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LOUISVILLE, Ky. (WDRB) -- We'll find out next week how much tolls will be on the Ohio River bridges, as officials with the project prepare to lay the groundwork for tolling in the coming weeks.
On Aug. 30, the Kentucky Public Transportation Infrastructure Authority will meet in Frankfort to go over an in-depth study regarding the projected traffic and revenue of the bridges. Officials with the project say the study will help guide decisions about tolling and financing of the project.
On Sept. 5, the Tolling Body and the Joint Board will set initial base toll rates, and establish rules and governance plans. The meeting will take place at the Sheraton in Jeffersonville at 10 a.m.
Ahead of the meetings, officials with the Ohio River Bridges Project held a media briefing to clear up any confusion over the future tolls.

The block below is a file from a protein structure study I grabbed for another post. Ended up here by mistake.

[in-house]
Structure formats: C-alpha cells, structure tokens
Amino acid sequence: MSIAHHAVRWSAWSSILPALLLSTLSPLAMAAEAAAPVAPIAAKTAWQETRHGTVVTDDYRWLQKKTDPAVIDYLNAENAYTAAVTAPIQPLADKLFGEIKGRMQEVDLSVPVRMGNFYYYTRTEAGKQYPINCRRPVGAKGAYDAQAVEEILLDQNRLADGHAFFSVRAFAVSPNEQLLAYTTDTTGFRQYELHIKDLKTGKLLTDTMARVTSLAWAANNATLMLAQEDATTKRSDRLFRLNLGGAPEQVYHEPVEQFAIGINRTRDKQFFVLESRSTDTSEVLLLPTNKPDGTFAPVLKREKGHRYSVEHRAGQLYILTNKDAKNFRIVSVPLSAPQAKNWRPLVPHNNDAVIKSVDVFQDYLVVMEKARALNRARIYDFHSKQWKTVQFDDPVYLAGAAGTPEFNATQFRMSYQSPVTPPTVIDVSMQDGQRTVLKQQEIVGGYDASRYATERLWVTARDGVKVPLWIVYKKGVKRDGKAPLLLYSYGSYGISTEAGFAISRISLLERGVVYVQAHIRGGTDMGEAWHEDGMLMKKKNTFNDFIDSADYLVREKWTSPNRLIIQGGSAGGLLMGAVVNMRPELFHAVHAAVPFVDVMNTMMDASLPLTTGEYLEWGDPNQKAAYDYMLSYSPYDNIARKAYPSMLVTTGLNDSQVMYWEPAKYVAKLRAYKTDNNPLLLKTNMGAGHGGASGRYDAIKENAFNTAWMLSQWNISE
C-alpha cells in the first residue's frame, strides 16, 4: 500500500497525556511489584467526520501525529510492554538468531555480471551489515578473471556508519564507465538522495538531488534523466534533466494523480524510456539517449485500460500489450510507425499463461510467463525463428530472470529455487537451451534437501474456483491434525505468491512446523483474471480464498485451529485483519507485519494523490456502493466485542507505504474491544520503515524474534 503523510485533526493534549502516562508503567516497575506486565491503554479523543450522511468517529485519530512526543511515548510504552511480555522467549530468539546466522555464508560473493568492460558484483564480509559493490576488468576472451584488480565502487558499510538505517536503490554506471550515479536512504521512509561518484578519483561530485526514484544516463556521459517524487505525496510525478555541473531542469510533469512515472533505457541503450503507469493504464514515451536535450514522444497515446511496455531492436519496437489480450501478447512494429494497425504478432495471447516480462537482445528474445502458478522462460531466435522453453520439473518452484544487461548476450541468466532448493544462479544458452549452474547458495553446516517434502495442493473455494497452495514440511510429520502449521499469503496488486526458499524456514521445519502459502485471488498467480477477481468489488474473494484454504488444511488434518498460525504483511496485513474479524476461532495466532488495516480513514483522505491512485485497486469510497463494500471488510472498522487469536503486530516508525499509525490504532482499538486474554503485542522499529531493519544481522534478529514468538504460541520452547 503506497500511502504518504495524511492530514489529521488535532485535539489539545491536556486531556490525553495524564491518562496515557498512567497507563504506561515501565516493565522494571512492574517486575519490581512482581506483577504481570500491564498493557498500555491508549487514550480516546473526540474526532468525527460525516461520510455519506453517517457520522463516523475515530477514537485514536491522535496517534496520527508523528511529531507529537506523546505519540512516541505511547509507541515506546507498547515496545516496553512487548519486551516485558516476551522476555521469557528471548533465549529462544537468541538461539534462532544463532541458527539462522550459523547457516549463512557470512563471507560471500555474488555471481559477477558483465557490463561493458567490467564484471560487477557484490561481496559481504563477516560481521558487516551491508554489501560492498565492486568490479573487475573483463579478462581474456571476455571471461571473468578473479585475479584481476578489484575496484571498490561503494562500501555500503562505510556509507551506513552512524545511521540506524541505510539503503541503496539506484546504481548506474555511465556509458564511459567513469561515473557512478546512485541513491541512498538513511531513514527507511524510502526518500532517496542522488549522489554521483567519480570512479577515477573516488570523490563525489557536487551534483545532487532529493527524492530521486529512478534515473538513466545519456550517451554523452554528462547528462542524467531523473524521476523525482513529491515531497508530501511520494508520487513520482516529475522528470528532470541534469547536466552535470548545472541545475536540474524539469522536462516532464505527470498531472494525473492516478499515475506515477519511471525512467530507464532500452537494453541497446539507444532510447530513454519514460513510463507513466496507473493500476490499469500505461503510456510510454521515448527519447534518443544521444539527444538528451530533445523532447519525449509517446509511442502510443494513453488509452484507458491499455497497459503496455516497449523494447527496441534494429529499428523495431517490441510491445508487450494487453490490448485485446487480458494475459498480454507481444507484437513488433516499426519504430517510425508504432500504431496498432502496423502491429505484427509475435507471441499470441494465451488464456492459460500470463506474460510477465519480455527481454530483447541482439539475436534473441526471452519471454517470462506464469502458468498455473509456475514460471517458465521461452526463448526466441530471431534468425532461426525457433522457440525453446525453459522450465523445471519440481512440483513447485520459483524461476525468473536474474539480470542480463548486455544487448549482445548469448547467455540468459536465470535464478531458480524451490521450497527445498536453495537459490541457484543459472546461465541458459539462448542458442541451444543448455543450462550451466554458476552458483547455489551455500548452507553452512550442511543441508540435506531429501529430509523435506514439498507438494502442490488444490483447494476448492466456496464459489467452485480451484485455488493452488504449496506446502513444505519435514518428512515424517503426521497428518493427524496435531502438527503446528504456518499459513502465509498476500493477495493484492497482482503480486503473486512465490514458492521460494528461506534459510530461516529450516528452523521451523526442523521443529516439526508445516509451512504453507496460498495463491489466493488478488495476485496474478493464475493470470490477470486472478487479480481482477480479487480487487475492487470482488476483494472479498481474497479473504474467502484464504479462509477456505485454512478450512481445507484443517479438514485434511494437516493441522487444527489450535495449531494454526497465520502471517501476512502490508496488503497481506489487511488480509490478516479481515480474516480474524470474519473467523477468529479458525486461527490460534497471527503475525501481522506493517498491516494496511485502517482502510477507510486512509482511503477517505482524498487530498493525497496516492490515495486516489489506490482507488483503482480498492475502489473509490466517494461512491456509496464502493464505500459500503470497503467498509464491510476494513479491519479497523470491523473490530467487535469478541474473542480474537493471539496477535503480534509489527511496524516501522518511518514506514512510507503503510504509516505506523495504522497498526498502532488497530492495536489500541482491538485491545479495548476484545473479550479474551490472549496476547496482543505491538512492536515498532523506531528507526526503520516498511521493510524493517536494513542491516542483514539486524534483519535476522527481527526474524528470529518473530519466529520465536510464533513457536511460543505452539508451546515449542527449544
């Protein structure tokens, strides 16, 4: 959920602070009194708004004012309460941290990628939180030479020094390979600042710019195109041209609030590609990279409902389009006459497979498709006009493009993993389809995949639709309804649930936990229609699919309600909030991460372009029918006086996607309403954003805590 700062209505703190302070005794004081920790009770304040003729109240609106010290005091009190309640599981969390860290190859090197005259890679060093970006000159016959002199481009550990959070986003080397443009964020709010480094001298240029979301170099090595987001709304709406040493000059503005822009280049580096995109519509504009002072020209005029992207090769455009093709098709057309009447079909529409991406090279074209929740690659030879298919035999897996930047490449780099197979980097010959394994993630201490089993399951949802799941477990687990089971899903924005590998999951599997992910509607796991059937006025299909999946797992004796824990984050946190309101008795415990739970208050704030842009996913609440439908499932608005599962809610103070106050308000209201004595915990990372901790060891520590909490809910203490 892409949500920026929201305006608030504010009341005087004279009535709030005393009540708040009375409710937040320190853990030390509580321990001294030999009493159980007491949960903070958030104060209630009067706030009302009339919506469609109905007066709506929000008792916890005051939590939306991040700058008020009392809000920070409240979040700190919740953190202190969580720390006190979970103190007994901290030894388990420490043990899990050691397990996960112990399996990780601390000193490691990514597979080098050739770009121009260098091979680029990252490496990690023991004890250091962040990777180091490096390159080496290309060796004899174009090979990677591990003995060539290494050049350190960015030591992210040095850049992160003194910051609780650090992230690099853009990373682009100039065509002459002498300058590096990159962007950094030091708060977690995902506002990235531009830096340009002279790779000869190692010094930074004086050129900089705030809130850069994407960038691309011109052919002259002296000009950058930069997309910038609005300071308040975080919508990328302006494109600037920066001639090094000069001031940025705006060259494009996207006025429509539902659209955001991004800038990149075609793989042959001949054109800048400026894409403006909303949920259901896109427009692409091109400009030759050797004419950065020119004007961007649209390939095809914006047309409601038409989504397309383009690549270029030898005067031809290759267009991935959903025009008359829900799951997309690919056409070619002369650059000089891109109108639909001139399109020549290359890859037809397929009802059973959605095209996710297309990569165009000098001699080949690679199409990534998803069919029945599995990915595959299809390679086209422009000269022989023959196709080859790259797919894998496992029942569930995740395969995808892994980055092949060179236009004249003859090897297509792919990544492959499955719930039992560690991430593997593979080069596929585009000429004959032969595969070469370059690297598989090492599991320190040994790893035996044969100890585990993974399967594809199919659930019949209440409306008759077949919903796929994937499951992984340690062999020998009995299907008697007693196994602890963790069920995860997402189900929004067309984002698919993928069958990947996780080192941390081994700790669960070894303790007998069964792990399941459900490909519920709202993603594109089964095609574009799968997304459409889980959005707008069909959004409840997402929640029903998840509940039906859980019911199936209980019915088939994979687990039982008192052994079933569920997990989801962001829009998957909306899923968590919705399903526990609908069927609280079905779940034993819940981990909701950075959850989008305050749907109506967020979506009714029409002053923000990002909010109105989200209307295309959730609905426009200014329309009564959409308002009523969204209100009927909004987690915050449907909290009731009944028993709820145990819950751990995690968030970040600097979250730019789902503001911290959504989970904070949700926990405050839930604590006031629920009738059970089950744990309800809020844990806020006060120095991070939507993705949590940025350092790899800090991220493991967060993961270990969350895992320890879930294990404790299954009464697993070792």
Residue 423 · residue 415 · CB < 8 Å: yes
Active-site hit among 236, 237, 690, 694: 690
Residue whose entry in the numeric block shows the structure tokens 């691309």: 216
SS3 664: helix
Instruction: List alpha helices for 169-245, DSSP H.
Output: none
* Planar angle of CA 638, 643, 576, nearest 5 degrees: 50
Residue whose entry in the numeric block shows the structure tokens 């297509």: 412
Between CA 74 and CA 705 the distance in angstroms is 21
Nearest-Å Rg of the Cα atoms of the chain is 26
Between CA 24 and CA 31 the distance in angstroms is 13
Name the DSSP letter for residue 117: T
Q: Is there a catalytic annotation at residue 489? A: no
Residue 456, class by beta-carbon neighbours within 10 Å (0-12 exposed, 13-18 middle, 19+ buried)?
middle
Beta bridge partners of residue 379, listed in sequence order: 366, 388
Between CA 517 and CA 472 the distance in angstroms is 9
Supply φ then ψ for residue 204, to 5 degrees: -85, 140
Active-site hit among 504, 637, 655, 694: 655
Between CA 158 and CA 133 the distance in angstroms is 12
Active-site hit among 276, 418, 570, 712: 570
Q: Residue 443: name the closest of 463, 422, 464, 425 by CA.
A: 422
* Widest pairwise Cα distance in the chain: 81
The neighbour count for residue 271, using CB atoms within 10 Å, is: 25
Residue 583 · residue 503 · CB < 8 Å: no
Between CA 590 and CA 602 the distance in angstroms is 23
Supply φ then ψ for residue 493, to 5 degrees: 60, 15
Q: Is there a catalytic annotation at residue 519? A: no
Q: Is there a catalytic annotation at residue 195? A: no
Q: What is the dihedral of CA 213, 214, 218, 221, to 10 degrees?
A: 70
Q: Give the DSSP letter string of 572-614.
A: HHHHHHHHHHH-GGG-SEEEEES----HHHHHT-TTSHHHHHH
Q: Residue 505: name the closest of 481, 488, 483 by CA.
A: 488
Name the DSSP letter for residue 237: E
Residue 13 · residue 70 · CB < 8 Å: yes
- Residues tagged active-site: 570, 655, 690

Project officials say tolls to cross the bridges will be collected electronically and drivers won't even have to slow down.
Officials with the Bridges Project say it will cost $1 each way for frequent travelers who have a pre-paid transponder in their car. Casual travelers will most likely pay $2 each way, while box trucks will cost $5.
If you don't want to put a transponder in your car, you can opt to register your license plate number for a slightly higher rate.
If you blow right through the tolls without registering your vehicle, officials say they'll track your license plate and send you a bill at an even higher rate.
For those from out of state, officials say they'll do their best to track the driver down and receive payment, but they realize they may not be able to collect all the fees.
"Nobody claims this is a failsafe system and that every single toll will be collected but we believe the people who don't pay will be very low," said Chuck Wolfe with the Kentucky Transportation Cabinet.
Of course, some people will avoid the tolled bridges altogether. It is something officials say they're planning for, especially during the first two years. "It wouldn't be fair to have no free crossings of the river, that would really be an injustice to people," said Wolfe.